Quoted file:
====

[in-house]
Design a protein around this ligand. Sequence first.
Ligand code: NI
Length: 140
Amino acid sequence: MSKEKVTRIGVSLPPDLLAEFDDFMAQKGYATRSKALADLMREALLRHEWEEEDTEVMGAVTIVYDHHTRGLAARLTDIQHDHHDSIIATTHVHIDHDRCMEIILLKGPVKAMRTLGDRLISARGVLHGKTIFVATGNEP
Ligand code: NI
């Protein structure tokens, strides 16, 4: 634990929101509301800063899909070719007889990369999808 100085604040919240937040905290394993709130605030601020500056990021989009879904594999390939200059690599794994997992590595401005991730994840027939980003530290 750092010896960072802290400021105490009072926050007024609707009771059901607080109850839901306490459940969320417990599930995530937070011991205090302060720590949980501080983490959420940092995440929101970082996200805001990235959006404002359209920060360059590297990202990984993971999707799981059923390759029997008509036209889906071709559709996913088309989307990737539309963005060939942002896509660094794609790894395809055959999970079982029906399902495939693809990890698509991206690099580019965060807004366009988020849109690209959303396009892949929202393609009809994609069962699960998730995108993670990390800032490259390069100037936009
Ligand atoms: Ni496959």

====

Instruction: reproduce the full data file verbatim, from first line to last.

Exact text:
[in-house]
Design a protein around this ligand. Sequence first.
Ligand code: NI
Length: 140
Amino acid sequence: MSKEKVTRIGVSLPPDLLAEFDDFMAQKGYATRSKALADLMREALLRHEWEEEDTEVMGAVTIVYDHHTRGLAARLTDIQHDHHDSIIATTHVHIDHDRCMEIILLKGPVKAMRTLGDRLISARGVLHGKTIFVATGNEP
Ligand code: NI
């Protein structure tokens, strides 16, 4: 634990929101509301800063899909070719007889990369999808 100085604040919240937040905290394993709130605030601020500056990021989009879904594999390939200059690599794994997992590595401005991730994840027939980003530290 750092010896960072802290400021105490009072926050007024609707009771059901607080109850839901306490459940969320417990599930995530937070011991205090302060720590949980501080983490959420940092995440929101970082996200805001990235959006404002359209920060360059590297990202990984993971999707799981059923390759029997008509036209889906071709559709996913088309989307990737539309963005060939942002896509660094794609790894395809055959999970079982029906399902495939693809990890698509991206690099580019965060807004366009988020849109690209959303396009892949929202393609009809994609069962699960998730995108993670990390800032490259390069100037936009
Ligand atoms: Ni496959």